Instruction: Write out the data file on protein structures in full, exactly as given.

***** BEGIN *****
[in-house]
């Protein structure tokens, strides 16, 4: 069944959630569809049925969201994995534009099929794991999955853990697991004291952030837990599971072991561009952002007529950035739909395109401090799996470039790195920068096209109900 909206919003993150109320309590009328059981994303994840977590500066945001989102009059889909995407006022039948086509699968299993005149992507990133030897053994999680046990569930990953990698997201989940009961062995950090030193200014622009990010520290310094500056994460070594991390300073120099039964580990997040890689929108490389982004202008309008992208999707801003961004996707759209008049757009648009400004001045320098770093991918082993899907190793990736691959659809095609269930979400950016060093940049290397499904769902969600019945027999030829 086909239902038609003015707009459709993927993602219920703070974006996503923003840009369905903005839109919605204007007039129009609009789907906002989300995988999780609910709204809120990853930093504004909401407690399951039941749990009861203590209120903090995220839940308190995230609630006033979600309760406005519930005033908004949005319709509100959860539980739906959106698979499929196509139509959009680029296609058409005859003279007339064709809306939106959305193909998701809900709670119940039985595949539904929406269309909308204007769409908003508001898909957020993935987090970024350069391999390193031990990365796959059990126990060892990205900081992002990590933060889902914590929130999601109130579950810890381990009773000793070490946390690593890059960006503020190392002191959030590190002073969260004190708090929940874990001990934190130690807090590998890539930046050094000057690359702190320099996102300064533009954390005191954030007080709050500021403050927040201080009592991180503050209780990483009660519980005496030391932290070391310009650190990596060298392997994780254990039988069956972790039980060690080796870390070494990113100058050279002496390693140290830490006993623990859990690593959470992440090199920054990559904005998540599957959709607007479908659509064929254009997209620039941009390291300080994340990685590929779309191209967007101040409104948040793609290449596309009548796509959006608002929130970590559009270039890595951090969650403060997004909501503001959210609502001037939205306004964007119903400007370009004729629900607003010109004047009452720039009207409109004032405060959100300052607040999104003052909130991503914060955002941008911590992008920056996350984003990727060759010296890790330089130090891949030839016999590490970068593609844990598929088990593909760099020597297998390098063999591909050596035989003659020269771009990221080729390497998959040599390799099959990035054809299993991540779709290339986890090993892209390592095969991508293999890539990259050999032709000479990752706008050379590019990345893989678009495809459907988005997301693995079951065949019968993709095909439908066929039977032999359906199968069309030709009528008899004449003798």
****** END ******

[in-house]
């Protein structure tokens, strides 16, 4: 069944959630569809049925969201994995534009099929794991999955853990697991004291952030837990599971072991561009952002007529950035739909395109401090799996470039790195920068096209109900 909206919003993150109320309590009328059981994303994840977590500066945001989102009059889909995407006022039948086509699968299993005149992507990133030897053994999680046990569930990953990698997201989940009961062995950090030193200014622009990010520290310094500056994460070594991390300073120099039964580990997040890689929108490389982004202008309008992208999707801003961004996707759209008049757009648009400004001045320098770093991918082993899907190793990736691959659809095609269930979400950016060093940049290397499904769902969600019945027999030829 086909239902038609003015707009459709993927993602219920703070974006996503923003840009369905903005839109919605204007007039129009609009789907906002989300995988999780609910709204809120990853930093504004909401407690399951039941749990009861203590209120903090995220839940308190995230609630006033979600309760406005519930005033908004949005319709509100959860539980739906959106698979499929196509139509959009680029296609058409005859003279007339064709809306939106959305193909998701809900709670119940039985595949539904929406269309909308204007769409908003508001898909957020993935987090970024350069391999390193031990990365796959059990126990060892990205900081992002990590933060889902914590929130999601109130579950810890381990009773000793070490946390690593890059960006503020190392002191959030590190002073969260004190708090929940874990001990934190130690807090590998890539930046050094000057690359702190320099996102300064533009954390005191954030007080709050500021403050927040201080009592991180503050209780990483009660519980005496030391932290070391310009650190990596060298392997994780254990039988069956972790039980060690080796870390070494990113100058050279002496390693140290830490006993623990859990690593959470992440090199920054990559904005998540599957959709607007479908659509064929254009997209620039941009390291300080994340990685590929779309191209967007101040409104948040793609290449596309009548796509959006608002929130970590559009270039890595951090969650403060997004909501503001959210609502001037939205306004964007119903400007370009004729629900607003010109004047009452720039009207409109004032405060959100300052607040999104003052909130991503914060955002941008911590992008920056996350984003990727060759010296890790330089130090891949030839016999590490970068593609844990598929088990593909760099020597297998390098063999591909050596035989003659020269771009990221080729390497998959040599390799099959990035054809299993991540779709290339986890090993892209390592095969991508293999890539990259050999032709000479990752706008050379590019990345893989678009495809459907988005997301693995079951065949019968993709095909439908066929039977032999359906199968069309030709009528008899004449003798």